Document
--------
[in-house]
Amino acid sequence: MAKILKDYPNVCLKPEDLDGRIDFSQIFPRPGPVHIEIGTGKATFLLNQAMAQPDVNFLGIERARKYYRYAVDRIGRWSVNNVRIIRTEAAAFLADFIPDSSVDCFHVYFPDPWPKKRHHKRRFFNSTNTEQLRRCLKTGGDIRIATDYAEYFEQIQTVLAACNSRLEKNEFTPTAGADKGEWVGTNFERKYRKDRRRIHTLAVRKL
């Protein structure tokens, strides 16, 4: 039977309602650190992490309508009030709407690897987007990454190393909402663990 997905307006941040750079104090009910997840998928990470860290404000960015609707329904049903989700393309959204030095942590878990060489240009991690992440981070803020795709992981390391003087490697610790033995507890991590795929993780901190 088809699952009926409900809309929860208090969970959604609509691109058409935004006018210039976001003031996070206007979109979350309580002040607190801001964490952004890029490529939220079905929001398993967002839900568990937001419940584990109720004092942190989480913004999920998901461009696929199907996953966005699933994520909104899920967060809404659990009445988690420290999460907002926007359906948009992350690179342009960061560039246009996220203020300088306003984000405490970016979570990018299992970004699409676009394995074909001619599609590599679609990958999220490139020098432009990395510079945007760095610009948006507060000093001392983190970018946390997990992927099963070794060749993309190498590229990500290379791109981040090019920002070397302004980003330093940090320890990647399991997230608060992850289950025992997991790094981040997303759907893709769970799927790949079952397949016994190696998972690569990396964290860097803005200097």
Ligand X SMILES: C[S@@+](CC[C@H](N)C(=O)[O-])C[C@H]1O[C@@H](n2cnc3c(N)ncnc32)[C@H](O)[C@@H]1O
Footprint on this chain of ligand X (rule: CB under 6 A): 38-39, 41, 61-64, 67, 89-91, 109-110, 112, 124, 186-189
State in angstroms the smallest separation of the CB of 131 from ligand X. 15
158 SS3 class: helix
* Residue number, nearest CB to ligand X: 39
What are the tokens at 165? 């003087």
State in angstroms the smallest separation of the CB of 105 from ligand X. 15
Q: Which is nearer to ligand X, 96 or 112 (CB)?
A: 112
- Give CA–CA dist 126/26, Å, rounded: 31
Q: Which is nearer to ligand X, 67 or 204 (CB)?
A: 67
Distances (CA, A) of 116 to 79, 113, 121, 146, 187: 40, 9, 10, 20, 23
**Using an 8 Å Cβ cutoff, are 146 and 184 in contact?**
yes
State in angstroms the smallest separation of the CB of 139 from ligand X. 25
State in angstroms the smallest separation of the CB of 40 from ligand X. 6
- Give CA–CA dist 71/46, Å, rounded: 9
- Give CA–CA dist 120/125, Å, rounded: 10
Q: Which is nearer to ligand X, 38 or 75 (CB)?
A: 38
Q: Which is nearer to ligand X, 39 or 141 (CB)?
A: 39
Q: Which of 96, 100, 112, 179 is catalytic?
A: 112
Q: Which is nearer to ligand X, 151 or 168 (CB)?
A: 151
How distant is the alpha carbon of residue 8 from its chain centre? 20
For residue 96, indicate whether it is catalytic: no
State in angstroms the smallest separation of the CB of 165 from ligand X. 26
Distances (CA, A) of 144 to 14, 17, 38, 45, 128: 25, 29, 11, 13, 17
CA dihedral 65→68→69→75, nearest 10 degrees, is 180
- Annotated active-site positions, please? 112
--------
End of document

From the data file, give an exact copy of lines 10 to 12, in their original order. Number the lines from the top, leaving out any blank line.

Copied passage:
State in angstroms the smallest separation of the CB of 105 from ligand X. 15
Q: Which is nearer to ligand X, 96 or 112 (CB)?
A: 112